A Behind-the-Scenes Look
by Jeff Landry
When we talk about crime in Louisiana, it is easy to forget the silent workforce that bridges the gap between a crime scene and the court room – often enabling justice to be served through the collection, analysis, and interpretation of evidence. Yet during my recent visit to the Louisiana State Police Crime Lab, I was reminded of the hard and emotionally challenging work that these professionals perform on a daily basis despite a lack of funding, an enormous backlog of cases, and a broken criminal justice system.
Public servants at the Crime Lab understand the opioid crisis ravaging Louisiana from a completely different perspective than most. Analysts there have witnessed a significant shift in the types of drugs and quantities that end up in the Lab since the Governor’s Criminal Justice Reform, which labeled drug dealing a nonviolent offense and lowered the mandatory sentencing associated with it.
In 2020, only 7% of blood samples brought to this Crime Lab had traces of fentanyl. By 2022, it was found in 23% of them. Today, it is estimated that 1 in 5 people arrested for a DWI have fentanyl in their system; yet our children are often deceived by counterfeits containing this deadly drug, and without a tolerance built up, many overdose from a single pill. Similarly, relapse for addicts is now a death sentence rather than part of recovery.
Even THC diverted from Colorado can be found in the Lab, with a single edible capable of holding 600mg. Sadly, children often confuse these for normal snacks, resulting in a spike of accidental exposures to massive quantities of THC. But drugs are only the tip of the iceberg for this Crime Lab, which is on the front line of our crime epidemic, containing evidence from roughly 3,400 cases related to violent crime and sexual assault.
While there are seven crime labs operating across the State, all doing equally important work, this Lab tests roughly 6,000 pieces of evidence each year and has not been able to keep up with demand – especially since New Orleans has yet to re-establish its own crime lab post-Katrina. Roughly 30% of the total volume in Baton Rouge is related to cases from the Big Easy, which has experienced an enormous spike in violent crime and sexual assaults since COVID. As a result, the Crime Lab is constantly expanding and overflowing with evidence.
Working in teams, analysts can process 15 to 20 cases at a time, with each case typically having 20-35 samples. An analyst can also expect to individually work two to five cases. Yet, due to backlog, a DNA case can take three to four months (as opposed to 30 days) to complete. Unfortunately, some cases could be waiting for years; and everyone knows this is unsustainable if we are to truly address Louisiana’s crime problem.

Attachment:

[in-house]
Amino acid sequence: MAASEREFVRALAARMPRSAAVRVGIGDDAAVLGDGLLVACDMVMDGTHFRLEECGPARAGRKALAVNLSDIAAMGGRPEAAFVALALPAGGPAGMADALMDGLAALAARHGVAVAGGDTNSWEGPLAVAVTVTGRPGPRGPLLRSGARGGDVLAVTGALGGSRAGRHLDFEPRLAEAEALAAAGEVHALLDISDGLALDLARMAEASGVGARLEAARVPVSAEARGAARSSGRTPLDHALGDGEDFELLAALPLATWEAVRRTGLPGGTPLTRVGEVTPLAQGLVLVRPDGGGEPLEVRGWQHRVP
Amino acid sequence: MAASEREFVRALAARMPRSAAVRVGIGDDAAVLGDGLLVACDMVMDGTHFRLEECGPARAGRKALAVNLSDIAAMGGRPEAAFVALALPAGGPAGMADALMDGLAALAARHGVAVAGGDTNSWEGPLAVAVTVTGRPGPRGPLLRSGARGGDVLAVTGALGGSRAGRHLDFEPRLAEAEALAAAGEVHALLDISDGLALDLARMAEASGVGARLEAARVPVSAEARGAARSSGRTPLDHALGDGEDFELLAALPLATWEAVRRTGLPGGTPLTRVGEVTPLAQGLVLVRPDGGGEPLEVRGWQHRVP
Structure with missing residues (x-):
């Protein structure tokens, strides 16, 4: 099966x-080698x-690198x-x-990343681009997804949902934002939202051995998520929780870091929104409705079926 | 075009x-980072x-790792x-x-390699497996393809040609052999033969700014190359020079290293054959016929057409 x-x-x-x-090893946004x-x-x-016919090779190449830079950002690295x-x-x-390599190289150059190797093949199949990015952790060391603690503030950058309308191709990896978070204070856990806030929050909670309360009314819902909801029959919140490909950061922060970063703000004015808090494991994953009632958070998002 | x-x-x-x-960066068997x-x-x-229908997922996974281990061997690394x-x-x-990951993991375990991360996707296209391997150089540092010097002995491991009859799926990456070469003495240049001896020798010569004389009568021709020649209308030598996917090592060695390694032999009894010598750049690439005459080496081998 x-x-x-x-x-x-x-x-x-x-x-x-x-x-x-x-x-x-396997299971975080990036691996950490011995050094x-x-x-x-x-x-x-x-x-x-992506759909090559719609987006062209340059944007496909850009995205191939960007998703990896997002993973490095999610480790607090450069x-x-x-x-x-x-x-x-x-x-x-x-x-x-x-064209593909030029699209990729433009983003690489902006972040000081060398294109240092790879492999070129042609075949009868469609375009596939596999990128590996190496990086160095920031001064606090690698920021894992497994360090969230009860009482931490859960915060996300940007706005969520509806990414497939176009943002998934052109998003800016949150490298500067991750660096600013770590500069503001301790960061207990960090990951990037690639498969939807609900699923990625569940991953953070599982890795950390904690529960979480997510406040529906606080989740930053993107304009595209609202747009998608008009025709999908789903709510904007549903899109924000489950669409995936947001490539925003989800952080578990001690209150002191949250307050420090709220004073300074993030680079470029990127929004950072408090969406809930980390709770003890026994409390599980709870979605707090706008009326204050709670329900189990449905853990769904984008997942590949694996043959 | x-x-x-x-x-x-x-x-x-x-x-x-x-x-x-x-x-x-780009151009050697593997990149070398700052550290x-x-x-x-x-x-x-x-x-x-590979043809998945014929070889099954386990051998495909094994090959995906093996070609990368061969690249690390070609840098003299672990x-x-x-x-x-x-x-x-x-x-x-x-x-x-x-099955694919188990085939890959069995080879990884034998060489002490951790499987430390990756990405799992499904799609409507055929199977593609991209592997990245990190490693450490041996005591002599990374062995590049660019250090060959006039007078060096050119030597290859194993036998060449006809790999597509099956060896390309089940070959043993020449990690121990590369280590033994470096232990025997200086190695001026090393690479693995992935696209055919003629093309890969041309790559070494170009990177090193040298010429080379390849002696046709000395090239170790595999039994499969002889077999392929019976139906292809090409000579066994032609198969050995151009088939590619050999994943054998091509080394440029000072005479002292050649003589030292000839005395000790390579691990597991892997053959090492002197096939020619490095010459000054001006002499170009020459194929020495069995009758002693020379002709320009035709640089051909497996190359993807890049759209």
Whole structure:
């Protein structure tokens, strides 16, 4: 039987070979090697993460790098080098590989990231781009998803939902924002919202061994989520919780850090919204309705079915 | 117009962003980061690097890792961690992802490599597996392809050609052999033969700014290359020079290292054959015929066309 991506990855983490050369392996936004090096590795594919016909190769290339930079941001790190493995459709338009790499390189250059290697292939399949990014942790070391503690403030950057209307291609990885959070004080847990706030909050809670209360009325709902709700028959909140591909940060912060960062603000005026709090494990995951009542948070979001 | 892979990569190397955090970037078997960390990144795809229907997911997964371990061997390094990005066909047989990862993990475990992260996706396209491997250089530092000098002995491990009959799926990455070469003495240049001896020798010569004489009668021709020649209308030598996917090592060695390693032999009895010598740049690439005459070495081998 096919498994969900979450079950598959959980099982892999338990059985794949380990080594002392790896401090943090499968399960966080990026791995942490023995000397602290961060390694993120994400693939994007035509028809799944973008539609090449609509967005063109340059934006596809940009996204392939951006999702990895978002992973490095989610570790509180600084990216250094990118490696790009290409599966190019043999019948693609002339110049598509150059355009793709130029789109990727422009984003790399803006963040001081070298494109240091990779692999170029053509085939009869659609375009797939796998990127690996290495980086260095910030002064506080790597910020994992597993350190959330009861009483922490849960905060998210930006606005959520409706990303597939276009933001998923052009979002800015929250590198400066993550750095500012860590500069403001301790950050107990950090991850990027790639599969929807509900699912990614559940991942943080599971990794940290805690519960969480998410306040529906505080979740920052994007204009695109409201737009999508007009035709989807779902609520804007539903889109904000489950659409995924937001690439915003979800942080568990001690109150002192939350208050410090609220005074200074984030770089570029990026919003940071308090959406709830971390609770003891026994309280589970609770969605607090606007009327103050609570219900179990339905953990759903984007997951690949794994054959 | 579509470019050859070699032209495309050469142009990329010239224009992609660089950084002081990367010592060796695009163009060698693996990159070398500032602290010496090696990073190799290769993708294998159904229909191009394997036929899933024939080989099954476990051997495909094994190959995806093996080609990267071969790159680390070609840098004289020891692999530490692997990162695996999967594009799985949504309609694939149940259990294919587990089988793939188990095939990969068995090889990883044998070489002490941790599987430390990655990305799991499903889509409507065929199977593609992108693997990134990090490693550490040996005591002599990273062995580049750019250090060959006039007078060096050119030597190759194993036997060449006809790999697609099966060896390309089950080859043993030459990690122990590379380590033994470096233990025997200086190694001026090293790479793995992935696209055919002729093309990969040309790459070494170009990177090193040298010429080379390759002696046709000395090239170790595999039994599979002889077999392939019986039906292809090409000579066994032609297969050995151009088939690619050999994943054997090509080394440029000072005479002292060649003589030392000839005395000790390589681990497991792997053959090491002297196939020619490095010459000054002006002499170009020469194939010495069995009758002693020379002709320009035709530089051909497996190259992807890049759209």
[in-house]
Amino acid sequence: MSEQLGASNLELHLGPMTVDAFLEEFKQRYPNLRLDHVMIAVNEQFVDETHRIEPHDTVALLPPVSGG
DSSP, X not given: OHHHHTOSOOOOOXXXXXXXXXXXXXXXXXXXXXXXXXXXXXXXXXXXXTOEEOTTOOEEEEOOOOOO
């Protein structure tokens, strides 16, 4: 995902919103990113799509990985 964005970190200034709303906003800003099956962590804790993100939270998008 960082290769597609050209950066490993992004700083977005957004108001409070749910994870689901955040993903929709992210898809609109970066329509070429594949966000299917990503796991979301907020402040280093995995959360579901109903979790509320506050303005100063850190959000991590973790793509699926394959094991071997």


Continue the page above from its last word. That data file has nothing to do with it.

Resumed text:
That is why this Crime Lab is actively seeking to make their work faster and more efficient without compromising accuracy. One technological advancement playing a role in this is Rapid DNA. Currently, the only FBI/NDIS authorized Rapid DNA program is in two booking stations with two more coming online soon. Between the East Baton Rouge Parish Sheriff Office and the Livingston Parish Sheriff Office, over 600 arrestees have been enrolled in this program with a Rapid DNA profile created within 90 minutes. The next advancement would be Crime Scene Rapid, which the FBI is hoping to authorize by January 2025.
As for sexual assault, ACT 193 – introduced by Senator Beth Mizell and supported by both the Louisiana State Police and the Louisiana Sexual Assault Oversight Commission – will enable victims to track their kits, along with all law enforcement, hospitals, Sexual Assault Nurse Examiners, DAs, crime labs, and coroners. Through these efforts, we hope to provide greater transparency to victims and further accountability across the board.
In the meantime, scientists based in the Crime Lab are constantly continuing their education on new technology, with trainings ranging from one month to over a year. In fact, it takes about two years of training before a recent grad is able to work a case by themselves and new technology can cost half a million dollars. The Lab itself is also moving to paperless operations for even greater efficiency. But by investing in the latest technology and the education of our workforce, we can make a difference in our State — and that is exactly what must happen moving forward.